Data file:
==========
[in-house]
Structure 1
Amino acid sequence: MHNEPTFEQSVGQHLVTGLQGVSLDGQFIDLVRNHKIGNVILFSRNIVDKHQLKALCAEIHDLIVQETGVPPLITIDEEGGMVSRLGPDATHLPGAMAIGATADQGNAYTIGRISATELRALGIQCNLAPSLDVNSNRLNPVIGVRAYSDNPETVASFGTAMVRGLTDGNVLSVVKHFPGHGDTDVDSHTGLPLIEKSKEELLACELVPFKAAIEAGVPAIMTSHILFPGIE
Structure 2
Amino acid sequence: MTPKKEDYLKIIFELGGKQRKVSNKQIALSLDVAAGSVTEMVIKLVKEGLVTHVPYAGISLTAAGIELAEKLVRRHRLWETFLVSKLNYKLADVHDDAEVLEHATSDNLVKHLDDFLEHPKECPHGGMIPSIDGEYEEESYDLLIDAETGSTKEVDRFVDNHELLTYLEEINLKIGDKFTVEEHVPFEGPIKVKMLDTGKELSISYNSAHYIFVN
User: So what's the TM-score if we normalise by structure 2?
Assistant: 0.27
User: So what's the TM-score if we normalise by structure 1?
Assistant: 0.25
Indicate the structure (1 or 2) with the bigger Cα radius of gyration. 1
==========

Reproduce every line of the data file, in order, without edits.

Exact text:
[in-house]
Structure 1
Amino acid sequence: MHNEPTFEQSVGQHLVTGLQGVSLDGQFIDLVRNHKIGNVILFSRNIVDKHQLKALCAEIHDLIVQETGVPPLITIDEEGGMVSRLGPDATHLPGAMAIGATADQGNAYTIGRISATELRALGIQCNLAPSLDVNSNRLNPVIGVRAYSDNPETVASFGTAMVRGLTDGNVLSVVKHFPGHGDTDVDSHTGLPLIEKSKEELLACELVPFKAAIEAGVPAIMTSHILFPGIE
Structure 2
Amino acid sequence: MTPKKEDYLKIIFELGGKQRKVSNKQIALSLDVAAGSVTEMVIKLVKEGLVTHVPYAGISLTAAGIELAEKLVRRHRLWETFLVSKLNYKLADVHDDAEVLEHATSDNLVKHLDDFLEHPKECPHGGMIPSIDGEYEEESYDLLIDAETGSTKEVDRFVDNHELLTYLEEINLKIGDKFTVEEHVPFEGPIKVKMLDTGKELSISYNSAHYIFVN
User: So what's the TM-score if we normalise by structure 2?
Assistant: 0.27
User: So what's the TM-score if we normalise by structure 1?
Assistant: 0.25
Indicate the structure (1 or 2) with the bigger Cα radius of gyration. 1